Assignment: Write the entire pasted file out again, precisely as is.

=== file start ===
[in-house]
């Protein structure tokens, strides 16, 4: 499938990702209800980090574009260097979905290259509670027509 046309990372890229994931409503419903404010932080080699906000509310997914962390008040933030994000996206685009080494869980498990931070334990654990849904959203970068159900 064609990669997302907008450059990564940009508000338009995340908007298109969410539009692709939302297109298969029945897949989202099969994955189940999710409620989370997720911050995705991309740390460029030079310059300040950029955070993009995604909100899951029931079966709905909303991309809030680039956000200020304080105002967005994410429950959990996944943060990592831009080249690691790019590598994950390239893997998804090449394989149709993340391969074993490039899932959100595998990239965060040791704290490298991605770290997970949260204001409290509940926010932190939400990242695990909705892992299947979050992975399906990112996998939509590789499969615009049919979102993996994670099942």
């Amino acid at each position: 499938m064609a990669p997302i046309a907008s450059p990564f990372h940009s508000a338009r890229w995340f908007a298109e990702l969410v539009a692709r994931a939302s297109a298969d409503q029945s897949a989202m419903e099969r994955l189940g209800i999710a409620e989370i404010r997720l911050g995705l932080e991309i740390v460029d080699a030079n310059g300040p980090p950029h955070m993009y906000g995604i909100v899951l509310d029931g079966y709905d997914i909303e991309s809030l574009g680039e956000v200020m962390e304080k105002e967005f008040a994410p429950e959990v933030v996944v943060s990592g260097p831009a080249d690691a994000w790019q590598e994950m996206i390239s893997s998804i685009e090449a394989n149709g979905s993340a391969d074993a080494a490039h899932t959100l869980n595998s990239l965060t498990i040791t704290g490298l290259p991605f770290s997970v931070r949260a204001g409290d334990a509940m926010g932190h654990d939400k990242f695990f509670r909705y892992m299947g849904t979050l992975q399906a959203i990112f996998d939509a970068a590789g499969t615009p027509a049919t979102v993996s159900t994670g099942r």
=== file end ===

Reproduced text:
[in-house]
């Protein structure tokens, strides 16, 4: 499938990702209800980090574009260097979905290259509670027509 046309990372890229994931409503419903404010932080080699906000509310997914962390008040933030994000996206685009080494869980498990931070334990654990849904959203970068159900 064609990669997302907008450059990564940009508000338009995340908007298109969410539009692709939302297109298969029945897949989202099969994955189940999710409620989370997720911050995705991309740390460029030079310059300040950029955070993009995604909100899951029931079966709905909303991309809030680039956000200020304080105002967005994410429950959990996944943060990592831009080249690691790019590598994950390239893997998804090449394989149709993340391969074993490039899932959100595998990239965060040791704290490298991605770290997970949260204001409290509940926010932190939400990242695990909705892992299947979050992975399906990112996998939509590789499969615009049919979102993996994670099942």
């Amino acid at each position: 499938m064609a990669p997302i046309a907008s450059p990564f990372h940009s508000a338009r890229w995340f908007a298109e990702l969410v539009a692709r994931a939302s297109a298969d409503q029945s897949a989202m419903e099969r994955l189940g209800i999710a409620e989370i404010r997720l911050g995705l932080e991309i740390v460029d080699a030079n310059g300040p980090p950029h955070m993009y906000g995604i909100v899951l509310d029931g079966y709905d997914i909303e991309s809030l574009g680039e956000v200020m962390e304080k105002e967005f008040a994410p429950e959990v933030v996944v943060s990592g260097p831009a080249d690691a994000w790019q590598e994950m996206i390239s893997s998804i685009e090449a394989n149709g979905s993340a391969d074993a080494a490039h899932t959100l869980n595998s990239l965060t498990i040791t704290g490298l290259p991605f770290s997970v931070r949260a204001g409290d334990a509940m926010g932190h654990d939400k990242f695990f509670r909705y892992m299947g849904t979050l992975q399906a959203i990112f996998d939509a970068a590789g499969t615009p027509a049919t979102v993996s159900t994670g099942r």